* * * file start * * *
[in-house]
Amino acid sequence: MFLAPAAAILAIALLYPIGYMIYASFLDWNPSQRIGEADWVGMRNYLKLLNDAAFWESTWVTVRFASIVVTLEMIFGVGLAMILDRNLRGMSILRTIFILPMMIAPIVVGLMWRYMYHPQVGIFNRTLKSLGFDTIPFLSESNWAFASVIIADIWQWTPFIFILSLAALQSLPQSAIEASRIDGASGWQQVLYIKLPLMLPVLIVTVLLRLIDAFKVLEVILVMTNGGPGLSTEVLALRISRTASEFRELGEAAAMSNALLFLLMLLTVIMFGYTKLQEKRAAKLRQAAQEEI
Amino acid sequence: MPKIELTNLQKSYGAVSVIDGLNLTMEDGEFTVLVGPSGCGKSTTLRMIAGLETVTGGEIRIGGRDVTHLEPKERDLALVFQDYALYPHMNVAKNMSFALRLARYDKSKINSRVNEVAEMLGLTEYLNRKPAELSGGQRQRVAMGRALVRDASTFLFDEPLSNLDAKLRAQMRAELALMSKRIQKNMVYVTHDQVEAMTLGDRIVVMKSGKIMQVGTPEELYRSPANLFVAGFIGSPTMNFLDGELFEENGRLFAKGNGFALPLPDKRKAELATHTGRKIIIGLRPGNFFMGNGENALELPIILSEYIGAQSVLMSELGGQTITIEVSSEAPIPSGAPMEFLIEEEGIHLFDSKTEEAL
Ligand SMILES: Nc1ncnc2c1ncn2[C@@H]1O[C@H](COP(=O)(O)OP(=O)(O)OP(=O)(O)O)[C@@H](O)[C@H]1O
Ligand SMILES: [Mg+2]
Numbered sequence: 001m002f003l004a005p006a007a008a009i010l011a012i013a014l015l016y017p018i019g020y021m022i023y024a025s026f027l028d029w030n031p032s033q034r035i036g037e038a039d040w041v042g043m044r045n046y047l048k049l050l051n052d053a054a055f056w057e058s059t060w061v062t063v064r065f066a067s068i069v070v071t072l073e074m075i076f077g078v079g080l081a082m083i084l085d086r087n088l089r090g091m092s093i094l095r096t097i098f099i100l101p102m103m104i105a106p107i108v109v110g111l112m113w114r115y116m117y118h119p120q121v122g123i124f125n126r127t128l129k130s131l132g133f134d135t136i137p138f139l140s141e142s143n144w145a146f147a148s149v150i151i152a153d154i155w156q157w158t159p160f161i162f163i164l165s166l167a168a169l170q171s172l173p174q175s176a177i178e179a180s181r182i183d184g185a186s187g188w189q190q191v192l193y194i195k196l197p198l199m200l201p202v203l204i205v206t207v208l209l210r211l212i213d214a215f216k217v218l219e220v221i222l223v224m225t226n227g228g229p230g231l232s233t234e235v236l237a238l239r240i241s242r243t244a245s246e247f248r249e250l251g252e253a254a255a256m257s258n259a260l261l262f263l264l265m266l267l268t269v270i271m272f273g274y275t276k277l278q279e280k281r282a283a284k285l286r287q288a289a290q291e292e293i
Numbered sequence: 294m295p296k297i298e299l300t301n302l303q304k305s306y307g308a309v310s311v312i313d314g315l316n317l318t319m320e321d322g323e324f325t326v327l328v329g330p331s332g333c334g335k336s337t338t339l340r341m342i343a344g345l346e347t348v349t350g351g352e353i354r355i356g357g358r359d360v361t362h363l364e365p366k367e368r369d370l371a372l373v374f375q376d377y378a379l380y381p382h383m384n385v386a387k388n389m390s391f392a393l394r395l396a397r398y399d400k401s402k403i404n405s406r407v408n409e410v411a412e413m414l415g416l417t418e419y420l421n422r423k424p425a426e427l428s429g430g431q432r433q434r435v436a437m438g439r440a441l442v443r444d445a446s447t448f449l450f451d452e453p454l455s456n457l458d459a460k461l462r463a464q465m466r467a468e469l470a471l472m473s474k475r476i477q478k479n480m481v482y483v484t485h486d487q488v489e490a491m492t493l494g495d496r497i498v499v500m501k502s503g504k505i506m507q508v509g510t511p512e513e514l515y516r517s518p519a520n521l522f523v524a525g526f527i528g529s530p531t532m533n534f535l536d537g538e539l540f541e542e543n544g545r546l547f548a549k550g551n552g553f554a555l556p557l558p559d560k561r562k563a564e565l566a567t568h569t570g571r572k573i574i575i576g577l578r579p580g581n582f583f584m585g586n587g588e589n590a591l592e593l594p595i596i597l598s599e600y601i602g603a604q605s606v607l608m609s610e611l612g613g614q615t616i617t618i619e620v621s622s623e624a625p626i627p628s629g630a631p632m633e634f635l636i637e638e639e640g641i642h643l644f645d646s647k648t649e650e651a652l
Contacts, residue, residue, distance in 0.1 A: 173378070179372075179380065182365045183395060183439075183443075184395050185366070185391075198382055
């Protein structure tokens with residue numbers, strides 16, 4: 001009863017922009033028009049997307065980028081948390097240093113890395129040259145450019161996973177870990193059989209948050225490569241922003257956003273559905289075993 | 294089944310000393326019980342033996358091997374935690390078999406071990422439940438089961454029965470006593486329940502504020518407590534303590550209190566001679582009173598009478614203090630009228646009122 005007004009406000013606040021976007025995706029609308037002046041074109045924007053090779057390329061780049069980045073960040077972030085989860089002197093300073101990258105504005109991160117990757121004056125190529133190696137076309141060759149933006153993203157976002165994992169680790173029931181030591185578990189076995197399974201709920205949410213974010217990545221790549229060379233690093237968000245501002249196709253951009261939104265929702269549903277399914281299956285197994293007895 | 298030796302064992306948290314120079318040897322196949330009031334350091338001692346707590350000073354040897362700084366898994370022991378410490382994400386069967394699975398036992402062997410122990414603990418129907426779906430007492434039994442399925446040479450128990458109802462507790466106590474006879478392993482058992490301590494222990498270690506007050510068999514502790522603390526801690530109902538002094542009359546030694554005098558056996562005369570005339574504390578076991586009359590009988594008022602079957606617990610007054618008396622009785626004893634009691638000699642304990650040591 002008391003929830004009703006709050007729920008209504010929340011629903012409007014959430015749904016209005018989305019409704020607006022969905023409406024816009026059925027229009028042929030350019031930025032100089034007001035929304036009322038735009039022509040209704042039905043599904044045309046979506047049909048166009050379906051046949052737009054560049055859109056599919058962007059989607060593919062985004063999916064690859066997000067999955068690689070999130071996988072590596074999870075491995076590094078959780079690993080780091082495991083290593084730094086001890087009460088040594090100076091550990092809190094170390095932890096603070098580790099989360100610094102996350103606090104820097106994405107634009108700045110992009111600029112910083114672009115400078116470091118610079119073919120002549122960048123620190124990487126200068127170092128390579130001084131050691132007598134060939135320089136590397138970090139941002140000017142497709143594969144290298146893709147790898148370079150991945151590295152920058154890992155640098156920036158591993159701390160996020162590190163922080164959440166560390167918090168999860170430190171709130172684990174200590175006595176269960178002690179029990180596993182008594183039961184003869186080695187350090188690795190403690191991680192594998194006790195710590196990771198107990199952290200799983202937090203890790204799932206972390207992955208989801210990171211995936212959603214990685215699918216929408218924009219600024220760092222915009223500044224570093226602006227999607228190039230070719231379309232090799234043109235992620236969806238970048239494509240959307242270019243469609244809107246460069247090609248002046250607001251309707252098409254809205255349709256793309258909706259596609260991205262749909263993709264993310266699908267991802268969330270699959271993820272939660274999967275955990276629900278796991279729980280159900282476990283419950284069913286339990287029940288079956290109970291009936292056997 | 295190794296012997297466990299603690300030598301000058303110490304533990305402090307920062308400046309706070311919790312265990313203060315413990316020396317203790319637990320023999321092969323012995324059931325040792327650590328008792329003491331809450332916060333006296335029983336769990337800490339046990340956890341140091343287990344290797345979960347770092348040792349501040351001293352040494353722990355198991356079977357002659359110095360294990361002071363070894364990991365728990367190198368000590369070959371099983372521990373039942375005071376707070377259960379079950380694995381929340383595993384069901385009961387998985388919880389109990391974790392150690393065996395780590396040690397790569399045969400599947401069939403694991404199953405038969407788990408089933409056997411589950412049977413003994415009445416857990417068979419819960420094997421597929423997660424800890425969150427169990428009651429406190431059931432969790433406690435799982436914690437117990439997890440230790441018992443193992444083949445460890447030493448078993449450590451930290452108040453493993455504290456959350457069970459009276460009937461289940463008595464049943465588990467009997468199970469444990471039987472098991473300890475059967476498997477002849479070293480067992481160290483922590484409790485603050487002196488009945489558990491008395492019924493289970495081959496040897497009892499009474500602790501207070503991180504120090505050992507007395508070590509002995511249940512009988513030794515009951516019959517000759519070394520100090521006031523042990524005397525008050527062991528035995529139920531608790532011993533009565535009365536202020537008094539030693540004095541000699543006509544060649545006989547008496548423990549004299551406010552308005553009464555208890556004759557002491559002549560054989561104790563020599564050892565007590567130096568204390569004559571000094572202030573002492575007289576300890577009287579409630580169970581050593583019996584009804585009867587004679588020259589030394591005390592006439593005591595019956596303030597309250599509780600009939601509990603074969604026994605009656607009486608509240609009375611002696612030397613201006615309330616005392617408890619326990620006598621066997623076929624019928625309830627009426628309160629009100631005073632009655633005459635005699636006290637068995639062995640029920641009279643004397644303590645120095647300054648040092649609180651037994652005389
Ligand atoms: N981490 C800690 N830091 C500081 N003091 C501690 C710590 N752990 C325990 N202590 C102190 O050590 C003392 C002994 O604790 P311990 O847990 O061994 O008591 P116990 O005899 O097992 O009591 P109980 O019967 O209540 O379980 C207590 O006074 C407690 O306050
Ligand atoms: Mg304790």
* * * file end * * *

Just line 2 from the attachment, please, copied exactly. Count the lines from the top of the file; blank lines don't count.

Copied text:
Amino acid sequence: MFLAPAAAILAIALLYPIGYMIYASFLDWNPSQRIGEADWVGMRNYLKLLNDAAFWESTWVTVRFASIVVTLEMIFGVGLAMILDRNLRGMSILRTIFILPMMIAPIVVGLMWRYMYHPQVGIFNRTLKSLGFDTIPFLSESNWAFASVIIADIWQWTPFIFILSLAALQSLPQSAIEASRIDGASGWQQVLYIKLPLMLPVLIVTVLLRLIDAFKVLEVILVMTNGGPGLSTEVLALRISRTASEFRELGEAAAMSNALLFLLMLLTVIMFGYTKLQEKRAAKLRQAAQEEI